Pity the poor set list. Exposed by web sites and attacked by the current album-in-concert trend, it's getting harder to find an artist who can deliver real surprises anymore, much less one who carefully crafts a song sequence as if making a mix for a lover -- shaping the experience (and the message conveyed) not only by the selection of songs but by the order of their ideas. Now here comes pop music chameleon Elvis Costello, throwing every set list over to chance.
Half of it, anyway. Costello's Sunday night concert at the Chicago Theatre found him again dwarfed by the Spectacular Spinning Songbook, a giant, vertical roulette wheel he debuted on tour in 1986. The wheel-of-misfortune contains 40 songs and a few themes; fans come on stage, spin the wheel, and the band plays that selection. It's a clever gimmick, but it has its perils. Thankfully, Costello prefigured those and crafted a show that side-stepped the wheel's cruel fate for most of the evening's performances. A nimble vaudevillian, he kept things moving.
Costello and his band, the Imposters, roared to life on stage, starting the show by barreling through five rockers with a ferocity revisited only sparingly for the rest of the show. Looking trim and lively in a gray suit and hipster hat, Costello barked out the tunes backed by bassist Davey Faragher (Cracker) and his former mates from the Attractions, drummer Pete Thomas and wildly versatile keyboardist Steve Nieve. A pink-fringed go-go dancer in a beaded cage complemented Nieve's '60s-era runs on a Vox organ and occasional theremin.
Scripted moments like these were the best ones Sunday night. The wheel, well -- if you're going to tour a greatest-hits show, the wheel is at least occasionally amusing if also a real momentum killer. Switching to a top hat and brandishing a cane, Costello introduced himself as Napoleon Dynamite (a pseudonym predating the 2004 cult comedy) and started pulling game-show contestants on stage. At first, the wheel produced interesting results -- "45" ("There's a record / so you put it on," he sang, reflecting the evening's whims) and "The River in Reverse" (dedicated to the people of New Orleans, who Sunday night were awaiting the Mississippi's flood waters and no doubt also wondering "What do we have to do to send / the river in reverse?") -- but soon began throwing up some clunkers ("Accidents Will Happen" is an example of a great song that bursts to life, and thus suffers from a lengthy, spoken here-it-comes introduction).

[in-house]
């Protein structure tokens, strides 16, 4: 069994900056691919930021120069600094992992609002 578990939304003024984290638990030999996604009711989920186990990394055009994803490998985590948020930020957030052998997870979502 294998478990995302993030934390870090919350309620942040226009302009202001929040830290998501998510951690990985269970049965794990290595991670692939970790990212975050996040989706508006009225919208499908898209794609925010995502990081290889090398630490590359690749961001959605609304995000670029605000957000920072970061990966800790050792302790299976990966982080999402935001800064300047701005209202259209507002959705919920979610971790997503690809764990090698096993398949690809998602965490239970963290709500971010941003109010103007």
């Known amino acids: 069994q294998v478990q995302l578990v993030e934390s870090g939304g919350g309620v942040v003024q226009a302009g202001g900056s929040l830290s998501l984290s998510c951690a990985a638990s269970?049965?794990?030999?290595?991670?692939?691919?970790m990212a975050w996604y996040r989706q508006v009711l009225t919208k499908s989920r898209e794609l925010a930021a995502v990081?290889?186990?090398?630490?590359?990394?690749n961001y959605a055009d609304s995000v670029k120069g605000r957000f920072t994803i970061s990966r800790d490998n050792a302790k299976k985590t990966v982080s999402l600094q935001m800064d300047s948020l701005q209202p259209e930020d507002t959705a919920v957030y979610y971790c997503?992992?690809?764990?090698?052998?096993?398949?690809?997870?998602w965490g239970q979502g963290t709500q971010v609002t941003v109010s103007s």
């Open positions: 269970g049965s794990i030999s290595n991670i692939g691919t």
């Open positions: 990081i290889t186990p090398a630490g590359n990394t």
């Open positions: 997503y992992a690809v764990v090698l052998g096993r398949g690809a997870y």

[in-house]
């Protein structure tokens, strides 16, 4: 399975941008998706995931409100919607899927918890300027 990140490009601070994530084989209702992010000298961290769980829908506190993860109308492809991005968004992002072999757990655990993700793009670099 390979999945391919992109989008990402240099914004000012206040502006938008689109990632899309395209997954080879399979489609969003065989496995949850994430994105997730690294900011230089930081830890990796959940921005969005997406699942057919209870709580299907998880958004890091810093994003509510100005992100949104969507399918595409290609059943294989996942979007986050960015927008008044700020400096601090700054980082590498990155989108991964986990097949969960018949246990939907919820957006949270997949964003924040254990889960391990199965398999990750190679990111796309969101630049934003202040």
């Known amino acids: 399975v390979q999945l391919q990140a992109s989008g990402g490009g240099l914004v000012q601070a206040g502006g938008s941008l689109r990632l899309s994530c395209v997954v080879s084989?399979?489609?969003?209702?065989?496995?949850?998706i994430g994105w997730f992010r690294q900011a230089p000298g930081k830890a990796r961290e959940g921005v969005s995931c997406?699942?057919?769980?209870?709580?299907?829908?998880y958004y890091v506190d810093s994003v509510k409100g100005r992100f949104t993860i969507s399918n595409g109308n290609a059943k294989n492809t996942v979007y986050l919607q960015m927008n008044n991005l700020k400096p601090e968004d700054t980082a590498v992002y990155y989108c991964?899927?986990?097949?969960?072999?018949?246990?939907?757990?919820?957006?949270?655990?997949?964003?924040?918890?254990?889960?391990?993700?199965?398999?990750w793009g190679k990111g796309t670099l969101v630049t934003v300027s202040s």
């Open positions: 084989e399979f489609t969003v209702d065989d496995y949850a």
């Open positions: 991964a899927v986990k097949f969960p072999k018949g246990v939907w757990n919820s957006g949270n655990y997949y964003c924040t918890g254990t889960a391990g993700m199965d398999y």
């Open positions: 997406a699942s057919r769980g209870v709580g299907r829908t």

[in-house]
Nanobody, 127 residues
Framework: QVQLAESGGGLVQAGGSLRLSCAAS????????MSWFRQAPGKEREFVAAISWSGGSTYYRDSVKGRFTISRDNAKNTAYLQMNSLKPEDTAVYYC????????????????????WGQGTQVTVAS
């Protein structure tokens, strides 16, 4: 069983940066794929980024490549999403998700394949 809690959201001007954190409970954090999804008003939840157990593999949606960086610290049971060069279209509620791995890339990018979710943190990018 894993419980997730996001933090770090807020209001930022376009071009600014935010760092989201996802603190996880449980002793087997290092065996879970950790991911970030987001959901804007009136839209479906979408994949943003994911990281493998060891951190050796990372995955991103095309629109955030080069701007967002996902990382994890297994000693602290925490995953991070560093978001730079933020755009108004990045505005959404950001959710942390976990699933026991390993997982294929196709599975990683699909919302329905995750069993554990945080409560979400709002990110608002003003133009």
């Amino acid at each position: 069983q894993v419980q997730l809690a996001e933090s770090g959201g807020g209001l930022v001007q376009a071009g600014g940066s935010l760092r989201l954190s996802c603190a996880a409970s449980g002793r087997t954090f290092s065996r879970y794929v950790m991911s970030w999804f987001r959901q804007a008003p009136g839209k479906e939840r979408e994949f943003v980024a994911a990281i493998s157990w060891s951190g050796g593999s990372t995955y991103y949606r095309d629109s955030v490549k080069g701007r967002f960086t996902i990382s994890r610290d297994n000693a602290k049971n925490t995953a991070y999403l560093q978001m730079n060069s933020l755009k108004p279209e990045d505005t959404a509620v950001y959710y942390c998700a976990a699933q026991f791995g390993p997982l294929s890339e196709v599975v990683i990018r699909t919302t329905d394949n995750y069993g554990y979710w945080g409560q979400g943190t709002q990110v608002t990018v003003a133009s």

The wheel's theme labels produced mini-sets. "Time" was the first (selected by an ecstatic female fan), and the thrill returned because we didn't know what was coming next -- the quivering piano of "Strict Time," the Rolling Stones' old-fashioned "Out of Time," the ripping "Next Time Round" and more -- followed by "Girl," which included "Girls Talk" and the Beatles' "Girl."
Costello's voice started to evaporate by this point, but it didn't slow him. After a two-hour set, he came back and imposed an hour of encores, sounding hoarse and occasionally dreadful. Every song in the final hour -- wheel-free surprises all -- finished big, as if it were to be the night's capper ... and then turned into another, or a medley (tacking Prince's "Purple Rain" onto "Peace, Love and Understanding," Smokey Robinson's "Tears of a Clown" onto "Alison," Ray Charles' "I'm Busted" onto a 6/8 blues reading of "Pump It Up," quoting Van Morrison's "Gloria" in the middle of "Waiting for the End of the World," on and on). After more than 30 years of making music -- in almost as many styles -- Costello boasts a lot to showcase. Amazingly, this partly random method of doing so was fairly fluid, engaging and worth the money.
Elvis Costello's Sunday night set list:
"I Hope You're Happy Now"
"Tear Off Your Own Head (It's a Doll Revolution)"
"The River in Reverse" / "This Wheel's on Fire"
"Living in Paradise"
"The Other Side of Summer"
"Accidents Will Happen"
"Out of Time"
"Next Time Round"
"Man Out of Time"
"The Element Within Her"
"This Year's Girl"
"Pump It Up" / "I'm Busted"
"Slow Drag With Josephine"
"Alison" / "Tears of a Clown"
"Rocking Horse Road"
"Waiting for the End of the World"
"Watching the Detectives"
"(What's So Funny 'Bout) Peace, Love and Understanding" / "Purple Rain"